Former Medronic chair and True North author, Bill George believes companies and non-profits thrive by adopting the “we” approach that enabled Obama to win. (Working on the campaign I know, first-hand, how powerfully efficient and satisfying such “we” experiences can be.) George offers these lessons, with my headlines:
• Place to Participate
Obama created a grassroots movement by building an ever-expanding organization of empowered leaders, who in turn engaged people from their social networks like Facebook.
One Main Thing
• The entire organization was aligned around a single goal—electing Obama as President—and operated with common values (“Offer messages of hope, don’t denigrate our opponents, refuse to make deals”).
Focus on Our Goal, Not “Me”
• Campaign leaders subordinated their egos and personal ambitions to the greater goal. Those who deviated quickly exited.
Work on the Connection Not the Conflict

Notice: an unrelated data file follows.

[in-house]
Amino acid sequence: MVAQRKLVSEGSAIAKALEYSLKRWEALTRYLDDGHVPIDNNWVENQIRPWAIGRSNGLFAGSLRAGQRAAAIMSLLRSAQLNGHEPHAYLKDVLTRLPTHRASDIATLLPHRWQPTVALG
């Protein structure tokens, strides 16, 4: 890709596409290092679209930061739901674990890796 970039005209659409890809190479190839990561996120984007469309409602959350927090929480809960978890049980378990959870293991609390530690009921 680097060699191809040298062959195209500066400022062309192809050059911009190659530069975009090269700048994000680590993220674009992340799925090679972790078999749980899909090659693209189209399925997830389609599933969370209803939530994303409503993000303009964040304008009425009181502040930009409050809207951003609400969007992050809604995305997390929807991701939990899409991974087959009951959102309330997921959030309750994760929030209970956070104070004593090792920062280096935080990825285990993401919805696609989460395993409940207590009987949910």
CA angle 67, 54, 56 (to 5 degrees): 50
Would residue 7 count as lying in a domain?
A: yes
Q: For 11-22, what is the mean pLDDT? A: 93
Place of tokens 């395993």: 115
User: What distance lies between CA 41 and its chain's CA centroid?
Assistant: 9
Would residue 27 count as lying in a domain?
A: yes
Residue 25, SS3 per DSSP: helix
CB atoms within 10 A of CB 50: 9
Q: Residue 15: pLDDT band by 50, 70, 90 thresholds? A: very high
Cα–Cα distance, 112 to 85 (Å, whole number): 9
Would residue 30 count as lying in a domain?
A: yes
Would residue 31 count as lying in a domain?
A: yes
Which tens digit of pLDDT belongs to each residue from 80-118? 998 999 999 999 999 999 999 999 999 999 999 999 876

• Obama set a clear, consistent tone from the top (“No Drama Obama”), and never wavered, even when things weren’t going well.
Show How All Parts Are Connected to the Whole
• Obama’s greater mission transcended internal goals, such as fund-raising, endorsements, and campaign events, but each of these areas had goals tied to the greater mission.
Provide the Most Efficient Ways to Communicate and Collaborate
• The campaign team used the most modern Internet tools to communicate, motivate, and inspire people and to guide their actions. Each day, 5 million people received personal messages from campaign headquarters or even Obama himself. This organization collaborated across a wide range of geographies and campaign functions, all tightly integrated nationally and executed locally.